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  3. There were a few videos of the Primary Arms optics being put through a torture test, and they survived. The boys over at AK Operator's Union did a few. Rob does state:

    "...guys, you can't say that this dot is as durable as Aimpoint. Aimpoint dots were tested in combat zones and and etc. for many years now...I have this dot for only few days..."

    And I agree. I would take an Aimpoint over a Primary Arms any day... but at the same time I wouldn't scoff at taking a Primary Arms optic (be it RDS or variable) be it out to take out some 'yotes or a real SHTF scenario. Irons are always there. My personal carbines (and faux SBR) either have perfect co witness, QD mounts, or combination.

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  4. i have an Aimpoint PRO and i like it. on a whim i picked up a Sig Sauer STS-081/G1 red dot with a UTG quick release rail mount to put on my lower end back up AR. it is small, light weight and while i cant remember what i paid for it but I i found them on Amazon for under $130.
    http://www.amazon.com/SigTac-Mini-Red-Dot-Sight/dp/B001FT4S9E/ref=cm_cr_pr_product_top/175-5625703-0680618

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  5. One thing you might want to think about, is used optics. As a college student on a pretty tight budget, I searched on AR15.com a lot and found a guy selling a used CompM3 for about 25% off value. With an optic as well built as an aimpoint Used wasn't and issue for me. I've had the optic for a few years now and it works great, I just replaced the batteries when I bought it and kept the ones already in there for an emergency backup. just my two cents!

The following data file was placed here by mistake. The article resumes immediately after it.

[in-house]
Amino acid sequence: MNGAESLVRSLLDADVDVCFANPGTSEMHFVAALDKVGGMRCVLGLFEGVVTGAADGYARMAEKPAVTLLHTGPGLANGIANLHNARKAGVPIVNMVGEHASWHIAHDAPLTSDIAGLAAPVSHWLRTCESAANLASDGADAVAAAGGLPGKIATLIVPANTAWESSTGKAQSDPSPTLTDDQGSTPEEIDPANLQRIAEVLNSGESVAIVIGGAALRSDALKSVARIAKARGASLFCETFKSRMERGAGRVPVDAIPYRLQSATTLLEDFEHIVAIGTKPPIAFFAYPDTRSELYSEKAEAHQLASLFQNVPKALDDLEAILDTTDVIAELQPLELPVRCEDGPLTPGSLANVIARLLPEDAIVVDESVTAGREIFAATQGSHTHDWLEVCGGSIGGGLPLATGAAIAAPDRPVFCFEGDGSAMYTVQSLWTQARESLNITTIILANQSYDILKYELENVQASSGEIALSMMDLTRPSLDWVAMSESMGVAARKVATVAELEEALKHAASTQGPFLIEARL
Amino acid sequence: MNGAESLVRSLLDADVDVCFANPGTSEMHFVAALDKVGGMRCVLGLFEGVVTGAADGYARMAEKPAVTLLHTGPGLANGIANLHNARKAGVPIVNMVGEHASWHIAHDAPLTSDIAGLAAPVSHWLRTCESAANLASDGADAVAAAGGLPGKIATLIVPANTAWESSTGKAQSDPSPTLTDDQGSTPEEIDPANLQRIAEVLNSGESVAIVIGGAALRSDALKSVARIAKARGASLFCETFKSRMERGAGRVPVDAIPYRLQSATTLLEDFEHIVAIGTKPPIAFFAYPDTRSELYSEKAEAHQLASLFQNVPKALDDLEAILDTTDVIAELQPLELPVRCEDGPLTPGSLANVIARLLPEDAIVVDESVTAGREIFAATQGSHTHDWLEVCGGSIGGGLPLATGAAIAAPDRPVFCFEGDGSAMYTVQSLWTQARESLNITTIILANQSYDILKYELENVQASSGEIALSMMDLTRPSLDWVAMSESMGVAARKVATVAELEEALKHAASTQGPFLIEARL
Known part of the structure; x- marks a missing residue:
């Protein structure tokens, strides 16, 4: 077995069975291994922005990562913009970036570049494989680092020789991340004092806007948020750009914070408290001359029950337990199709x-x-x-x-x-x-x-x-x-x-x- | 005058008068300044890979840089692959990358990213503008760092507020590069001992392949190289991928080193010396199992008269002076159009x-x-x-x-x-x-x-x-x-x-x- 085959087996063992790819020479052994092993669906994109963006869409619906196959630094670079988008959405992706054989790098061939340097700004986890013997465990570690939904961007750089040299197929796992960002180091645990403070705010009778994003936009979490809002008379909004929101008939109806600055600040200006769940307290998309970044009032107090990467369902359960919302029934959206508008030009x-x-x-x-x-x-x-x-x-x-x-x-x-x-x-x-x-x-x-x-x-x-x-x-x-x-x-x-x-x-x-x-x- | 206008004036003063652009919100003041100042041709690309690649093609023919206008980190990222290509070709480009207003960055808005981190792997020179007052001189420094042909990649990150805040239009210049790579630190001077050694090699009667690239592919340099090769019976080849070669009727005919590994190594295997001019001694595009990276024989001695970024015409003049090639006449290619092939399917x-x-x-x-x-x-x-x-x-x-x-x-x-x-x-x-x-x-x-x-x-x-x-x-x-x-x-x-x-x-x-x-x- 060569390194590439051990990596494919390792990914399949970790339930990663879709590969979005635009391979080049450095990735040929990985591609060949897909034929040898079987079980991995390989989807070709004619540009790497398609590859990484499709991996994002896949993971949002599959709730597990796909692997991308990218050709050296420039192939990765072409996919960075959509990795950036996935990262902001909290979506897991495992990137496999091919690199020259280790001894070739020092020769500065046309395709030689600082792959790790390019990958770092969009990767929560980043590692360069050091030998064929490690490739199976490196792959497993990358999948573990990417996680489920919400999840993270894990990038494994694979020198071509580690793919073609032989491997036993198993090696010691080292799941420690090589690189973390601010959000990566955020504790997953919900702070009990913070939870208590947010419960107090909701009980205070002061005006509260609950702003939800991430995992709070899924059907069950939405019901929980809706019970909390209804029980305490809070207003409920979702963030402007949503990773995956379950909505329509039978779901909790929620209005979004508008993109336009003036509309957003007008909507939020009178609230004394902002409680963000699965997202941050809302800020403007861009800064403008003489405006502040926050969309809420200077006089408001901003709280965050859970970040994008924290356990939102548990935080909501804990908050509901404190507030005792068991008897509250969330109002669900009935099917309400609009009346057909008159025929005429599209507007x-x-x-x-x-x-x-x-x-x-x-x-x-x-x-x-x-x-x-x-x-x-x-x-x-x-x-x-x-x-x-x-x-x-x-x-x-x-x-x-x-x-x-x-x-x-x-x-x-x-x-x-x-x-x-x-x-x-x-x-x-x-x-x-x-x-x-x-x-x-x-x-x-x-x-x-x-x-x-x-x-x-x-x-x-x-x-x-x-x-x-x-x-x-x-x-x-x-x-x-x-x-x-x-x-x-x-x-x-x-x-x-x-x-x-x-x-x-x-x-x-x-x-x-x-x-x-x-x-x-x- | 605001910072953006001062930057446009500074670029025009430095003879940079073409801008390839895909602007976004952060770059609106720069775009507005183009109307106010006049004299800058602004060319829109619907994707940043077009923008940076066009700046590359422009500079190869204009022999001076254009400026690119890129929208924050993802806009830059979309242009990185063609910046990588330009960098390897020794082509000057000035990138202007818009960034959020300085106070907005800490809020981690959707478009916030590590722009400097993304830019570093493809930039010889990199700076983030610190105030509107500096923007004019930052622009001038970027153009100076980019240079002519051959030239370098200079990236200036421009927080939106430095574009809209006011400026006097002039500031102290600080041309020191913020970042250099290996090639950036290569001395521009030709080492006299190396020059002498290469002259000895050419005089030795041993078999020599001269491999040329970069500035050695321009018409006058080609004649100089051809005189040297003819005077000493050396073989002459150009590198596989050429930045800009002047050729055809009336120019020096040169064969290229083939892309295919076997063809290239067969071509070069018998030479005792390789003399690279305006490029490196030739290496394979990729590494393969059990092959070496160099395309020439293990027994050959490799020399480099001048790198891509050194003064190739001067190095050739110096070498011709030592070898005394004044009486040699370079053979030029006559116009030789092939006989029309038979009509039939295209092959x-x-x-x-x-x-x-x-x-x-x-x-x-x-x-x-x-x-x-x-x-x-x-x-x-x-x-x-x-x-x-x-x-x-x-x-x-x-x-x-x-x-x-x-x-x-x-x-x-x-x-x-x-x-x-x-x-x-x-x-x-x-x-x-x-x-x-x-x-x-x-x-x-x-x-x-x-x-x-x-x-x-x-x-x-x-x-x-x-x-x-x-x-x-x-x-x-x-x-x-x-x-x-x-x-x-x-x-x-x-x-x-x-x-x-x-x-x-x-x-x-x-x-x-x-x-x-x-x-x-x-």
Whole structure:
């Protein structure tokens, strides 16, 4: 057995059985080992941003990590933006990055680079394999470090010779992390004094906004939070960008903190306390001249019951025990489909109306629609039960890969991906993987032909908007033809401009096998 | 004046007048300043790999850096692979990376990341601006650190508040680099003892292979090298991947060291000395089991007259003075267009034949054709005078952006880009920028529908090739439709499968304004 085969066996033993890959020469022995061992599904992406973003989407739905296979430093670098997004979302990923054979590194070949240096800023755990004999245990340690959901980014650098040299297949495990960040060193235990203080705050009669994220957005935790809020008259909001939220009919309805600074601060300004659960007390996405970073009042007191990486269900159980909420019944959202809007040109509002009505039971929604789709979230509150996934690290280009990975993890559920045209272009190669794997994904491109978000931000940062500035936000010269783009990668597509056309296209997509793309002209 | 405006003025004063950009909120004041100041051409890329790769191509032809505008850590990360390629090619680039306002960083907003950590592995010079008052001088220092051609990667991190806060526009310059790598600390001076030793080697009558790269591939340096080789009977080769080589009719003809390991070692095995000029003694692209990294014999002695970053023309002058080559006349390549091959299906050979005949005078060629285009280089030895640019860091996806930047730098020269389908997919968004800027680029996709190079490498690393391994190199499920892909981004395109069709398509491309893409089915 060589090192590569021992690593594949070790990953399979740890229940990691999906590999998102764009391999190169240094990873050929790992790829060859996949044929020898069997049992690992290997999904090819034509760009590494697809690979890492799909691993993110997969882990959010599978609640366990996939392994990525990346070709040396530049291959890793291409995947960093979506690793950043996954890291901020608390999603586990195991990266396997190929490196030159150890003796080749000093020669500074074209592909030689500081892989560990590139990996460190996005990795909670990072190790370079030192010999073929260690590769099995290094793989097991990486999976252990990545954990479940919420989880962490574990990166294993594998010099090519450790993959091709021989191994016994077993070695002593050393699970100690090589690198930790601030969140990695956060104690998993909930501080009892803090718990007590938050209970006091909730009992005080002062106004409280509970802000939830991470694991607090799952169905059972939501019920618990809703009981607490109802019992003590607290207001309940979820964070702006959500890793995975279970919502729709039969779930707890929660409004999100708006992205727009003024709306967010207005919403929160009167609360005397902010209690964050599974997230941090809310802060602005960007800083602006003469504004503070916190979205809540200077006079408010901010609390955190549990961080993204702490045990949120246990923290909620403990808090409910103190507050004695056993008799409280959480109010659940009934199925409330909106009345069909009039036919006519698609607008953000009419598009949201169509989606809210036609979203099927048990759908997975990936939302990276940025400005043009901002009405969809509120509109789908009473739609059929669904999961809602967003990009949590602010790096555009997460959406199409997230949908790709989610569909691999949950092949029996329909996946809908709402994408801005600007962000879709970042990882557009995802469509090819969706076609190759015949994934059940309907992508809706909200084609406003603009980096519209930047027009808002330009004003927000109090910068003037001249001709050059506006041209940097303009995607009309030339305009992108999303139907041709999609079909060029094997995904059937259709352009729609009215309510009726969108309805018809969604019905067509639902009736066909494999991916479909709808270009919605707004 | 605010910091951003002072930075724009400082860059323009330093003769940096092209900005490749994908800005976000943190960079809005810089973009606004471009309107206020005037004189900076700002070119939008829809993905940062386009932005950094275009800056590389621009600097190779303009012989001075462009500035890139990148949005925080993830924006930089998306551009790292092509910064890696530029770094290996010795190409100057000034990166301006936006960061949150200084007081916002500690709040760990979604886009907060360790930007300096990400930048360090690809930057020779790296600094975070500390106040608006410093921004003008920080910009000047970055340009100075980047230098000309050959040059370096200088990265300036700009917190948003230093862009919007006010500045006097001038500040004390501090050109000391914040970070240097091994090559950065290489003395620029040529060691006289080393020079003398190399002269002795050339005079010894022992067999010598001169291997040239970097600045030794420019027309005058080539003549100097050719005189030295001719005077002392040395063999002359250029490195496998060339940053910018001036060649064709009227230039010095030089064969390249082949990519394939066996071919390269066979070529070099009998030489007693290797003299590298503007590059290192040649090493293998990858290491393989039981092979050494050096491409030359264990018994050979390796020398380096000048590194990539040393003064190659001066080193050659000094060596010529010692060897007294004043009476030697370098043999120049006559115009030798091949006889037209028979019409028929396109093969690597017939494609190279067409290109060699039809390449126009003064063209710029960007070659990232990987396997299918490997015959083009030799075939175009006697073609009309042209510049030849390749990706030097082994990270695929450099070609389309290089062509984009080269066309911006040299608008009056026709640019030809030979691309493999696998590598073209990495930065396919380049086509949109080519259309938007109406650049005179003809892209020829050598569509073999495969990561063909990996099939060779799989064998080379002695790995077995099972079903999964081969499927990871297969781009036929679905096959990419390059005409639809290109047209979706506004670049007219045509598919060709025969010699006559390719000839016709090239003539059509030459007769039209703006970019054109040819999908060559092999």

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    1. Agree - I am looking for used deals in Micros, as retail is a bit rich for my blood. Tou do need to be careful though as there are many fake / air soft replicas out there.

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  6. If you get a red dot, I recommend something that is night vision capable. You may not have it now or think it's in your budget, but in a few years you might. This is a mistake I made when I bough an Eotech w/o NV capability and now want it. To add magnification, use a 3x or 5x magnifier. The way I have mine setup is daytime use with a 3x magnifier and 2MOA red dot that is NV capable. I have a TNVC 30mm mount for the magnifier and the base works with the TNVC PVS-14 mount. So 1x or 3x in daytime, and 1x w/NV.